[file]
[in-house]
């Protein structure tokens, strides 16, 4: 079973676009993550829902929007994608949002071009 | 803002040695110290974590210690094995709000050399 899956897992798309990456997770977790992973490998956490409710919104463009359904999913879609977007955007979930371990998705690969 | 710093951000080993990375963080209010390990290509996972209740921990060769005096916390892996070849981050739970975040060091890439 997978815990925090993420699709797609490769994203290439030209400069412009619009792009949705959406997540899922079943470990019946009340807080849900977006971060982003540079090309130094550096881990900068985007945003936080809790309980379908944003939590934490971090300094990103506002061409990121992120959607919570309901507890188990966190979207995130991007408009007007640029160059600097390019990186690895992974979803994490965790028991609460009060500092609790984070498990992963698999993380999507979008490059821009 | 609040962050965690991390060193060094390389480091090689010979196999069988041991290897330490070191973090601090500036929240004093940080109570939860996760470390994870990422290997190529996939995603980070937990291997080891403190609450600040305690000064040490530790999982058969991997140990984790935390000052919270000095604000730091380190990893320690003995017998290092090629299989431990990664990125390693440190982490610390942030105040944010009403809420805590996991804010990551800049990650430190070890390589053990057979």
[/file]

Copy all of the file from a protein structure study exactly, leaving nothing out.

[in-house]
């Protein structure tokens, strides 16, 4: 079973676009993550829902929007994608949002071009 | 803002040695110290974590210690094995709000050399 899956897992798309990456997770977790992973490998956490409710919104463009359904999913879609977007955007979930371990998705690969 | 710093951000080993990375963080209010390990290509996972209740921990060769005096916390892996070849981050739970975040060091890439 997978815990925090993420699709797609490769994203290439030209400069412009619009792009949705959406997540899922079943470990019946009340807080849900977006971060982003540079090309130094550096881990900068985007945003936080809790309980379908944003939590934490971090300094990103506002061409990121992120959607919570309901507890188990966190979207995130991007408009007007640029160059600097390019990186690895992974979803994490965790028991609460009060500092609790984070498990992963698999993380999507979008490059821009 | 609040962050965690991390060193060094390389480091090689010979196999069988041991290897330490070191973090601090500036929240004093940080109570939860996760470390994870990422290997190529996939995603980070937990291997080891403190609450600040305690000064040490530790999982058969991997140990984790935390000052919270000095604000730091380190990893320690003995017998290092090629299989431990990664990125390693440190982490610390942030105040944010009403809420805590996991804010990551800049990650430190070890390589053990057979």